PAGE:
A localized application of phytosanitary products is a good way to reduce the quantities used. This may involve locating the application in the row, or even targeting only pest outbreaks.
Optimizing the application of herbicides using wetting equipment
It is possible to achieve savings in herbicides by using equipment which applies the product in direct contact with the weeds to be destroyed. For the practice to be selective, the crop must be of a lower height than the plants to be eliminated. Two types of application: by cords or by roll.
Practicing mixed chemical / mechanical weeding in annual crops
Mixed weed control consists of implementing chemical weeding on the row coupled with mechanical weeding in the inter-row of row crops. Localized treatments (on the row or at the level of pest outbreak) make it possible to reduce the quantities of phytosanitary products applied per hectare.
IWMTOOL: Four factsheets are dedicated to describing chemical uses:
In an integrated weed management strategy herbicides can be used to support other nonchemical measures. Different herbicides are focused on one of the growth stages of the weeds, on specific weed groups and either on establishment or growth of the weeds. Herbicides are basically divided in three groups based on timing of application: pre-emergence, post-emergence or preharvest herbicides.
Patch and band spraying can help to reduce the use of herbicides. Apart from the benefits for the environment, a major reason to reduce herbicide use is to prevent herbicide resistance. If no selective herbicides are available, inter-row application of nonselective herbicides may pose an alternative in combination with mechanical tools capable of intra-row weeding (see mechanical weeding). Site-specific herbicide application/ precision spraying also offers an opportunity for further reductions in herbicide use, but these technologies are still under development.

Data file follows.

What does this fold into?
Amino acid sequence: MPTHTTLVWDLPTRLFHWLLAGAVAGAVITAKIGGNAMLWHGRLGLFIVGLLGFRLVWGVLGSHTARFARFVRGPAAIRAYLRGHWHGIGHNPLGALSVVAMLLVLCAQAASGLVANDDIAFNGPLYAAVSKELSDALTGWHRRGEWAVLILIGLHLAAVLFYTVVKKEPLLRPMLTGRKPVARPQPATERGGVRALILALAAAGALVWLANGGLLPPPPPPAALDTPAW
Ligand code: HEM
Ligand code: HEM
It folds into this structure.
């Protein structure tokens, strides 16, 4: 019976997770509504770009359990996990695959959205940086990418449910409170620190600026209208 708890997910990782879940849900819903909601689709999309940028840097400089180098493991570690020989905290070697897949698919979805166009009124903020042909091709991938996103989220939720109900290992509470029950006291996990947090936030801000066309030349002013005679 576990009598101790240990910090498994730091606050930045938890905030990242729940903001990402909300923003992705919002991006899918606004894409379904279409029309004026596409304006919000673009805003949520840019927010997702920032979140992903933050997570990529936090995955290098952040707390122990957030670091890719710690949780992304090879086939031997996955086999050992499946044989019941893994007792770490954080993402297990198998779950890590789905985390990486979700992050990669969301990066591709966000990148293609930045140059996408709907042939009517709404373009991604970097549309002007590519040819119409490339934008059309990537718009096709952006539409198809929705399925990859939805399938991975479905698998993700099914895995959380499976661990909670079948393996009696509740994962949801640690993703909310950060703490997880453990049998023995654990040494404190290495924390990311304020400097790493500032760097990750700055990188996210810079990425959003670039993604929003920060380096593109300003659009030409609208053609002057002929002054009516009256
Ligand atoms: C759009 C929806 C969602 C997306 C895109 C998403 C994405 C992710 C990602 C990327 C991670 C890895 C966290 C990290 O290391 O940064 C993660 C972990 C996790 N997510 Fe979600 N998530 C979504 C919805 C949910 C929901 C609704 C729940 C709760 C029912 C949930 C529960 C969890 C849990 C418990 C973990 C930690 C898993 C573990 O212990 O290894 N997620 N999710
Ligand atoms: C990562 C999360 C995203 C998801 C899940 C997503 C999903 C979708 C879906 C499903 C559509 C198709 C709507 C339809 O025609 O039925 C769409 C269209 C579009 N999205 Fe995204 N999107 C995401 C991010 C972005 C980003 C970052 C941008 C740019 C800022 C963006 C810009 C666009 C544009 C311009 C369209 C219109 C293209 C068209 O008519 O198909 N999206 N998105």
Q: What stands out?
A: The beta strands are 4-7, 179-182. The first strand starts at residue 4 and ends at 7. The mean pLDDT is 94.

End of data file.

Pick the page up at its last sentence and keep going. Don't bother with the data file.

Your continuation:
IWMGAME [arable & perennial crops]: Two cards represent localized spraying. You can play them to decrease side effects of the use of chemical products.
One card represents “agri-environmental measures”. It can only be played during the intercropping period and may gain money units. The downside of this card is that the use of chemical cards are prohibited during following cropping periods.
Preventing the appearance and development of resistance to biocontrol products
The objective of resistance management is mainly to maintain the effectiveness of products over time, i.e. to use them wisely so as not to favor the development of resistance which would lead to a reduction in their effectiveness or even cause ineffectiveness.
Anti-resistance strategies = the diversity of control methods offered by integrated pest management should be taken as a whole as a strategic solution. Re-design the system by diversifying the solutions provided in time and space.
One website from committee dedicated to anti-resistance strategies https://www.hracglobal.com/